We are a stranger’s smile on a sunny afternoon

We are Curry and Chips, Sunrise and Sunset

 

We all have a mental list of what make us stronger

When we stood up to those who point the finger

When we championed the blameless against the accuser

When we held hands and not grudges

 

We are a world of divisions that need healing

We are British and Europeans, Women and Men

We are Scottish and Irish, English and Welsh

We are stronger United and Weaker divided

 

©Jeff Price March 2017

 

 

The Unnoticed Shadow

Steve Earle: Galway Girl

I decided to rewrite some of my earlier blog posts. This one has a much more comprehensive introduction than the original.

Steve Earle is a man of many talents. He is a singer songwriter, musician, short story writer, actor, playwright and record producer.2012-new-orleans-jazz--heritage-festival-presented-by-shell---day-7

Born in Virginia in the USA in 1955 he was always a rebel. He ran away from home at fourteen to follow his idol, singer-songwriter Townes Van Zandt, around Texas. He eventually dropped out of school at sixteen and went to live with his Uncle in Atlanta.

He has had a very varied career including problems with drugs. He has been married seven time and lately has been an anti-war activist and campaigner against the death penalty.

I picked this track because it unblocked a poem I had wanted to write for years and couldn’t get right. To break the deadlock I decided to sit down and take notes as I listened to the track “Galway Girl” on a loop. The poem “Unnoticed Shadow” was the result and it also started the idea of using music as an inspiration for poetry which led to the blog.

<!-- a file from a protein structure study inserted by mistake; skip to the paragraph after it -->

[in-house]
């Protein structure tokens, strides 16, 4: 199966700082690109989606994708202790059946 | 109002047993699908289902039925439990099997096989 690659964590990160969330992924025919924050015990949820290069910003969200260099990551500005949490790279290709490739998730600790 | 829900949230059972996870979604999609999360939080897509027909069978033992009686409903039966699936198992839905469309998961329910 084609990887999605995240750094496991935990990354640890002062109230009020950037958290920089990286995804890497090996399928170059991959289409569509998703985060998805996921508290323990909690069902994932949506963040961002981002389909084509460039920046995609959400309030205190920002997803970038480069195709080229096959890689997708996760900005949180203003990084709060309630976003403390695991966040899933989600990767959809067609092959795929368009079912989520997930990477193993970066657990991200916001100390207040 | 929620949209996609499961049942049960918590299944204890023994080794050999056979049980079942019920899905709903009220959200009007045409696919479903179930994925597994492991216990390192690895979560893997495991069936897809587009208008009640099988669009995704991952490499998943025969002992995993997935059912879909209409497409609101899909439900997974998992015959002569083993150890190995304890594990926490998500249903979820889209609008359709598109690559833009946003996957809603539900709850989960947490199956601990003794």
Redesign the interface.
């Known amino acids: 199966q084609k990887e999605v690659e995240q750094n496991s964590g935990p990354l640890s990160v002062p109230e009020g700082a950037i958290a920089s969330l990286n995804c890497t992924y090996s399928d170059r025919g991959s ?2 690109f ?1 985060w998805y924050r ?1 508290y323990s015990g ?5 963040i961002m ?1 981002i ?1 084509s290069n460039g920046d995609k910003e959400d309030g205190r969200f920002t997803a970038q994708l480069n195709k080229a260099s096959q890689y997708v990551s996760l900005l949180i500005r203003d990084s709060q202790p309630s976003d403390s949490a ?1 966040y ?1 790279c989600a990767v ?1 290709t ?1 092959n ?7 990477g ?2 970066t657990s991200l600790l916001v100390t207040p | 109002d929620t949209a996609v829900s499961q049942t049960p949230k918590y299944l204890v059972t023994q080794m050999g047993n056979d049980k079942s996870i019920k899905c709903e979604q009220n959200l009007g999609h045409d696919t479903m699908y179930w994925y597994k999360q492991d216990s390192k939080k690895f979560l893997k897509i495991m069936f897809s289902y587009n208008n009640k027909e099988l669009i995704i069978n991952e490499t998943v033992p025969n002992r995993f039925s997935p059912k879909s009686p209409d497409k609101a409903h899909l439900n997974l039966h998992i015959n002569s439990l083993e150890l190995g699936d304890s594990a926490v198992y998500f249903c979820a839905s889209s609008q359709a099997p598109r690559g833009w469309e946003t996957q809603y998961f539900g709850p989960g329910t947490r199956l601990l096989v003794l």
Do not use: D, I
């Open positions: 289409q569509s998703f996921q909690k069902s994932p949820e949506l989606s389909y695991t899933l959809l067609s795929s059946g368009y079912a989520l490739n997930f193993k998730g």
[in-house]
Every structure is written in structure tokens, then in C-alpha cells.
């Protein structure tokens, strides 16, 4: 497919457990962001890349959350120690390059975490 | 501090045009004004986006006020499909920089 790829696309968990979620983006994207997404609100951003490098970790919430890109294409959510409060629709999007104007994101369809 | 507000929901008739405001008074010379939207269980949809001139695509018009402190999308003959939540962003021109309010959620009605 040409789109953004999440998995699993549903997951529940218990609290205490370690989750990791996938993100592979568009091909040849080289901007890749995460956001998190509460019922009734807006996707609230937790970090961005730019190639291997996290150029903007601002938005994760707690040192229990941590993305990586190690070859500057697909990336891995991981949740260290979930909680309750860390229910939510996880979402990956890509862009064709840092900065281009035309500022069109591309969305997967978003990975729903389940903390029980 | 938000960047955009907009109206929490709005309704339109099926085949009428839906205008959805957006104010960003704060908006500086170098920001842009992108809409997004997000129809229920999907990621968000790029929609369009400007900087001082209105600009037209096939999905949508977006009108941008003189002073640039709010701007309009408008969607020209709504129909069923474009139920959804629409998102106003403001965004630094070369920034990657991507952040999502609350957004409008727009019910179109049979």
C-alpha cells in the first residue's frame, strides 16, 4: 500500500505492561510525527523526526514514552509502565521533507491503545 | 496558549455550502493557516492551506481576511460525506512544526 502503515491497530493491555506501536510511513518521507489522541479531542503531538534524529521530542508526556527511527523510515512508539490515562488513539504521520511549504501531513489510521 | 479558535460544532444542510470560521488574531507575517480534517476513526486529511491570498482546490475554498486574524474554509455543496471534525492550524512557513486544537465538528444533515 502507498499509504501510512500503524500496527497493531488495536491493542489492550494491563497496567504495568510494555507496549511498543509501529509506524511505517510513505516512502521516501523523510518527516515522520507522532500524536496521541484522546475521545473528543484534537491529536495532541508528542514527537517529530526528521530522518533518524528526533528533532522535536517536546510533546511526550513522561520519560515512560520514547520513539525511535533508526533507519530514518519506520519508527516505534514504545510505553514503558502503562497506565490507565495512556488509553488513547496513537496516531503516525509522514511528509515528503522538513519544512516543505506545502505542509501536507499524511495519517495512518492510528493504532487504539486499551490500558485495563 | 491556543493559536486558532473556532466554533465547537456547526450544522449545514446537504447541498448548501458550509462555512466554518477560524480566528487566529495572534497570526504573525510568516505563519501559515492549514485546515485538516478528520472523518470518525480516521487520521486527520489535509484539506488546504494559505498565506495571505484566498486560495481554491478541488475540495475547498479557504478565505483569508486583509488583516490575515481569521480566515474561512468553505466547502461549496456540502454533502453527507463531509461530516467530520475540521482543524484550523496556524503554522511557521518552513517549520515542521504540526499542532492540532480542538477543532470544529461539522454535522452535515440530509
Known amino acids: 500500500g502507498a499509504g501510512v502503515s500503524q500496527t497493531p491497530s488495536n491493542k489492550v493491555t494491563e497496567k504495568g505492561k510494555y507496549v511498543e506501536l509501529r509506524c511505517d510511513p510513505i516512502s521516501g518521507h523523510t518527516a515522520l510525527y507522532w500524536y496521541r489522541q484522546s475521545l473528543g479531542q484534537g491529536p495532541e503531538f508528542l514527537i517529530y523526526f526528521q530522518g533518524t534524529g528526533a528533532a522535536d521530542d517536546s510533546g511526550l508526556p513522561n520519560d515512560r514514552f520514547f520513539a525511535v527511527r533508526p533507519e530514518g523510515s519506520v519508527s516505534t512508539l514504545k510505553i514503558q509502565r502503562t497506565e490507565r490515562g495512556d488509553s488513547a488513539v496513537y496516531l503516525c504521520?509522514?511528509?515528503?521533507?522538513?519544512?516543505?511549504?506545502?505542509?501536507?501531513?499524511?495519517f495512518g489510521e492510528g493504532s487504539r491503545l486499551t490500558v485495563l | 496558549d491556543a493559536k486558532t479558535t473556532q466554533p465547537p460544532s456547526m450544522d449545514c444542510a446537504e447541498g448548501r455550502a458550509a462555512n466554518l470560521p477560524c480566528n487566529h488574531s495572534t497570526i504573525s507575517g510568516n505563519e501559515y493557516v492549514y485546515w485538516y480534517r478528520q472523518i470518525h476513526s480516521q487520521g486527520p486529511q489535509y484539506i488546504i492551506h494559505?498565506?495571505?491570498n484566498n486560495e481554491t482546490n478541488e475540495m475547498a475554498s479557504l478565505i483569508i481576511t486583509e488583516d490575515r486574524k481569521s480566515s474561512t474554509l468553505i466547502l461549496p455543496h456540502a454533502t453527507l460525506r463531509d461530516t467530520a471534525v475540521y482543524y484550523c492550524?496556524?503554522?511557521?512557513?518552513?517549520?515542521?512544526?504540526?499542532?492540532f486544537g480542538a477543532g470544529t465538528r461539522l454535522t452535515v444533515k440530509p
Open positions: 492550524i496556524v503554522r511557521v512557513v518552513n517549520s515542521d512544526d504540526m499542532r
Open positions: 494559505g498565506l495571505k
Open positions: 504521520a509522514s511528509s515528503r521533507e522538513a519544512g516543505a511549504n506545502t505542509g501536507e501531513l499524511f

I was brought up a Catholic in the West End of Newcastle upon Tyne. It is a little city with a big reputation in the far northern corner of England. 

Growing up, I would be taken by my Father on a Sunday Mornings to St Robert’s Church and Wednesday evenings I would go to the Youth Club in the church hall. The Catholic population of the West End of Newcastle was mainly of Irish extraction, as was my Grandmother.

In the youth club we would dance with the girls and sometimes, out of sight of the ever watchful eye of the parish priest, if we were lucky, we would have a stolen kiss. There was a look to these young girls with their dark hair, ivory skin and blue eyes.

Years later I would visit Ireland through work and later, after one of my daughter moved to Dublin, my wife and I would make regular visits to see her and our grandchildren.

Steve’s song reminded me how ideas and images are imprinted in our minds from an early age.

Galway Girl

 

I ain’t seen nothin’ like a Galway Girl” Steve Earle

 

Sunday morning St Robert’s Catholic Church 1960

She is thirteen and I am twelve and I am in love

Complete, undiscovered and unrequited love

Her crown of twisted black curls, her steel blue eyes

Have seduced me, stolen my heart and taken the strength from my bones

A glimpse of her knee socks makes my knees knock

The click of her heels is symphony on the stone slabs

The choir’s hymn a hallelujah to her beauty

She is an Angel

She is my salvation

She is out of my league

I am invisible as dust

 

I ask you friends what’s a fellow to do

because her hair was black and her eyes were blue

 

Sunday Morning O’Connell Street 2000

The airport coach drops me off by the Old Post Office

I blink in the sullen sunlight of an Irish morning

There she is walking down a O’Connell Street

She’s sitting on a bench on St Stephen’s Green

She’s serving my pint in Slatery’s Bar

Her skin still pale as paper

Her dark blue eyes still drown me

Her Guinness Black braids entice me

I am seduced again, tumbling through time

The heady smell of incense mixed with her perfume

Light dancing through the stained glass windows

Fifty years ago I lost my heart to a Galway Girl

She is still out of my league

I am still an unnoticed shadow

 

I ask you friends what is a fellow to do

because her hair was black and her eyes were blue

Jeff Price

© Jeff Price July 2018

Reasons to be Grateful

Ian Dury and the Blockheads “Reasons to be cheerful”